Spinal cord injuries (SCI) are a rare but catastrophic injury that can occur as a result of infections, tumours, or ischemic damage, and are one of the most deadly results of high-speed accidents or sporting activity. Younger people are the more at risk since they are more likely to engage in risky activities, although SCI can affect anyone at any age. Car and motorcycle accidents cause the most injuries, and because of the complicated picture that emerges after such an injury, a multidisciplinary team of professionals is required to ensure that the patient achieves the best level of independence possible for their condition. Quadriplegia and paraplegia are names used to characterise the disability that results. Checkout Wolli Creek Physio for more info.
The purpose of the initial medical evaluation is to determine the patient’s respiratory state and to address any other potential multiple injuries. Once the patient is stabilised, the doctors try to figure out where the damage happened in the spine, which is crucial information for medical and treatment care. Because a low lumbar fracture has no effect on the arms or the ability to breathe, the patient will develop independence with good trunk and arm strength and aerobic abilities. Cervical and upper thoracic injuries limit the patient’s capacity to breathe and limit arm function, making recovery much more difficult.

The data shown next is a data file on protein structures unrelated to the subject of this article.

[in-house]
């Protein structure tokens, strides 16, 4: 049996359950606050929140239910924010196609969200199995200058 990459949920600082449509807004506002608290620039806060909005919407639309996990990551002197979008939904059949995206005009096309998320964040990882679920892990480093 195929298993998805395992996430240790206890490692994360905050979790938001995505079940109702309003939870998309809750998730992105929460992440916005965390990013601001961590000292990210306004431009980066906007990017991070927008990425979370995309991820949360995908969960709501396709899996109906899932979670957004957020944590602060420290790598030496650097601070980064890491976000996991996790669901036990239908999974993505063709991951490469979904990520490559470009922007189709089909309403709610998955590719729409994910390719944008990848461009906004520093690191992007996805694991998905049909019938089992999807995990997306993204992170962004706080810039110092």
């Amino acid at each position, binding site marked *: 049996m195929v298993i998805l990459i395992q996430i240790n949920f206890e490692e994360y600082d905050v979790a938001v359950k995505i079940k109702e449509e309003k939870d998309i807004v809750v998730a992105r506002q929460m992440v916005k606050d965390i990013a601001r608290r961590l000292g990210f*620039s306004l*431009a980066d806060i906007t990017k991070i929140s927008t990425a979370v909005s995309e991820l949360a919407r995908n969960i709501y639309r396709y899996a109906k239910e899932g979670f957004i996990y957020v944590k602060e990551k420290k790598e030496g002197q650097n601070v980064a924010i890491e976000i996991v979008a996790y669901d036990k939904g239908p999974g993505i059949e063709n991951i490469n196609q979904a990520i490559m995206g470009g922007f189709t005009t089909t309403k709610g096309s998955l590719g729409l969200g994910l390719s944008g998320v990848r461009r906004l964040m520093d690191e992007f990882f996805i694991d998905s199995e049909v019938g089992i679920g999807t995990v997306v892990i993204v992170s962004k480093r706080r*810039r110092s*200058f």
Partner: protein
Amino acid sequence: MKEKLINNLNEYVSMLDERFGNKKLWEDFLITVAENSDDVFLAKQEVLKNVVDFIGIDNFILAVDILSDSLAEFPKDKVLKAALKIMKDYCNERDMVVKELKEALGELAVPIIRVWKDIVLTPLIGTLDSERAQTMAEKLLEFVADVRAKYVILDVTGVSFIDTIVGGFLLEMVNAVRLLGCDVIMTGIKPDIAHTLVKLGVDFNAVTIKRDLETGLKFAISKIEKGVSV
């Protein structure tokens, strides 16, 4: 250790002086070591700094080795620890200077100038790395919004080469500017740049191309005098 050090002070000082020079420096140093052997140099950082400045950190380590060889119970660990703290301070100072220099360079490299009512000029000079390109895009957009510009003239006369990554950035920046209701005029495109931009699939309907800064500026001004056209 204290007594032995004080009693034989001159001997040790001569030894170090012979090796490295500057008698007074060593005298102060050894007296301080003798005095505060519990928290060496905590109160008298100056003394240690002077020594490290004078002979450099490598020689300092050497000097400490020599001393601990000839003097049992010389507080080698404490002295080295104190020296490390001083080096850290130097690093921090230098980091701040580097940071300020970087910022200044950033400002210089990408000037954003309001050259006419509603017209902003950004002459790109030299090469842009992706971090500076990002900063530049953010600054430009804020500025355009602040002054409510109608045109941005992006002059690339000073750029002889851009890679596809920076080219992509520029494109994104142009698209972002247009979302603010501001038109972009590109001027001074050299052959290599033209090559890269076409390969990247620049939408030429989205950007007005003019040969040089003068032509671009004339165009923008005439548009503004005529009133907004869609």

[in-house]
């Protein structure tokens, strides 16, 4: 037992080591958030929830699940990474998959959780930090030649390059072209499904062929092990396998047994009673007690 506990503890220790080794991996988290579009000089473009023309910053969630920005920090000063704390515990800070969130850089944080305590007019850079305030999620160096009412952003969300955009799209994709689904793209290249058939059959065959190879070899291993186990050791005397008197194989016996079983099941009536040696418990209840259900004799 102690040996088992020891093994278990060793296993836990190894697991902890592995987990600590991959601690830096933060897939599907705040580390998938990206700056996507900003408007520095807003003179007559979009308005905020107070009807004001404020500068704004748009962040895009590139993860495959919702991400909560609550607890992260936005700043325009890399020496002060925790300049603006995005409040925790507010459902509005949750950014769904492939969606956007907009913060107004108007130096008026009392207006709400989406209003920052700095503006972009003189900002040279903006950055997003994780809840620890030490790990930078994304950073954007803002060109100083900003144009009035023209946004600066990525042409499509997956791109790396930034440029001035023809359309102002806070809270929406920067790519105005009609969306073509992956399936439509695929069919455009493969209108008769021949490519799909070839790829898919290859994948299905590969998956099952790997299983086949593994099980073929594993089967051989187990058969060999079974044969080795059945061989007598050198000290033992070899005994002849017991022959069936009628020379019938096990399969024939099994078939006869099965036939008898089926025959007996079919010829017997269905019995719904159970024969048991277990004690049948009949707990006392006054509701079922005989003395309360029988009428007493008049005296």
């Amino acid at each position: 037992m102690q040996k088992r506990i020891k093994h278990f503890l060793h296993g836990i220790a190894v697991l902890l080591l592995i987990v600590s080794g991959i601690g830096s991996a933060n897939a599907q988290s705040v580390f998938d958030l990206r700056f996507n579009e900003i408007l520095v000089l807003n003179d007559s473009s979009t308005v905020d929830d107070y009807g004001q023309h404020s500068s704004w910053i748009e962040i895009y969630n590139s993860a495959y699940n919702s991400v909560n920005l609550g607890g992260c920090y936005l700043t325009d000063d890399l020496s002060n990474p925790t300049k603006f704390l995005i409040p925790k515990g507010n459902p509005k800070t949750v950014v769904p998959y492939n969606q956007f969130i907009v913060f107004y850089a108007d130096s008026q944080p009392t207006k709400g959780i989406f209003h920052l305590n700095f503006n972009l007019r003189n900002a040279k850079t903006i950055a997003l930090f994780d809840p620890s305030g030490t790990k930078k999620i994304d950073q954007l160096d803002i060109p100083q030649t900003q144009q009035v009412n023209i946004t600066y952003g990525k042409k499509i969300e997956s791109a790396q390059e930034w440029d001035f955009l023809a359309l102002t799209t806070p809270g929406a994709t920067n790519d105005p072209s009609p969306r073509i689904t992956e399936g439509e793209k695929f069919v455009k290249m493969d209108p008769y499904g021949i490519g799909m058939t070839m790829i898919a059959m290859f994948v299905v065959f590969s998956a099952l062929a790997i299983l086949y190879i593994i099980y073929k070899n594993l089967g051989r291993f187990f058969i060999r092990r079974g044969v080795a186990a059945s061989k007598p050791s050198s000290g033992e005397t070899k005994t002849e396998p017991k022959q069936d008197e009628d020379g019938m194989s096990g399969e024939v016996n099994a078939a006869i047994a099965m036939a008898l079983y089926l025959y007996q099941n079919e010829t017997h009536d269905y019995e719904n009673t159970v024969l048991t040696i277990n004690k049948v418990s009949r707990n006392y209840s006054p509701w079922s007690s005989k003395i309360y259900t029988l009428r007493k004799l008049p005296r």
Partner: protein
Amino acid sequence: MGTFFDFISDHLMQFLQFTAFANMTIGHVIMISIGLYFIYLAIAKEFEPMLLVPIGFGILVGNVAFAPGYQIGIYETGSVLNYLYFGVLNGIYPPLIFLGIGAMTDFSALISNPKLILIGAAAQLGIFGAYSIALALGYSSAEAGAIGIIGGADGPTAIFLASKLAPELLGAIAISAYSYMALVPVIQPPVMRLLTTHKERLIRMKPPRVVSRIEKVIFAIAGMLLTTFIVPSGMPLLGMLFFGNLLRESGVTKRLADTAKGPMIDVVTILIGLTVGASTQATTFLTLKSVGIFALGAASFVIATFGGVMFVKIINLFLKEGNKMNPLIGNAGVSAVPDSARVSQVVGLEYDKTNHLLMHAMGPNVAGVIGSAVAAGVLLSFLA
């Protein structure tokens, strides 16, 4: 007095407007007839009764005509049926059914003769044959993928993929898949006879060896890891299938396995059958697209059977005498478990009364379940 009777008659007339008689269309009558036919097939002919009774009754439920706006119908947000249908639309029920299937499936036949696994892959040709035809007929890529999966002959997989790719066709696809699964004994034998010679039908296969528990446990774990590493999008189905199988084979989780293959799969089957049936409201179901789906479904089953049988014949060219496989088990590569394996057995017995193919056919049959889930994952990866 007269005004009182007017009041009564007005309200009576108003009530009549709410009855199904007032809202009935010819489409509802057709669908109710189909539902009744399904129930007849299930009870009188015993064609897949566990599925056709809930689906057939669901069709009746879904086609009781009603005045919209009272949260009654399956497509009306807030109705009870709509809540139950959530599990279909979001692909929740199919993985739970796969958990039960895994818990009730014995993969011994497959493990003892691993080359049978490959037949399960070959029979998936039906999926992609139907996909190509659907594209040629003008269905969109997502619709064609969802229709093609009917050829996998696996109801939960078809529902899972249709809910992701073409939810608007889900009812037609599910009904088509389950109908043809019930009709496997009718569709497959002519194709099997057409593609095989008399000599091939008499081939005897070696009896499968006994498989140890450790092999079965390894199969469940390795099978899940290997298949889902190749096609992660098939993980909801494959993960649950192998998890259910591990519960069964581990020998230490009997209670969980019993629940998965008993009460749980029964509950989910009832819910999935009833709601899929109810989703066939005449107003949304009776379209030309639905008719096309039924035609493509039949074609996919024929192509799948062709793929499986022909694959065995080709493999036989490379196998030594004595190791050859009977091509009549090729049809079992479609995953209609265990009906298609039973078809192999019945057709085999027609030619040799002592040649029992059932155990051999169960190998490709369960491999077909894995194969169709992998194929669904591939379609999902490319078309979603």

The first step is to determine the severity of the injury, which is critical because it determines the course of medical and physical treatment. There should be minimal, if any, respiratory implications if the spine is cracked low in the back, and the patient will have complete power in their arms and chest to gain independence. If the injury is severe, such as in the thorax or neck, the patient’s capacity to breathe spontaneously may be compromised, resulting in a considerably more difficult rehabilitation period with restricted independence.
Respiratory physiotherapy entails analysing a patient’s breathing ability, teaching them to deep breathe and fully expand their lungs, and coughing to expectorate. If the lower abdomen is paralysed, the patient may need to use their arms to stabilise the area and allow a propulsive cough to take place. The physiotherapist may aid more impaired people stabilise by assisting the air to depart suddenly when coughing. To induce a cough, a cough assist machine can be employed, and respiratory suction may be used in the early stages of treatment in intensive care.
Shop 53/95 Bonar St, Wolli Creek, NSW 2205
Phone no: 0295679452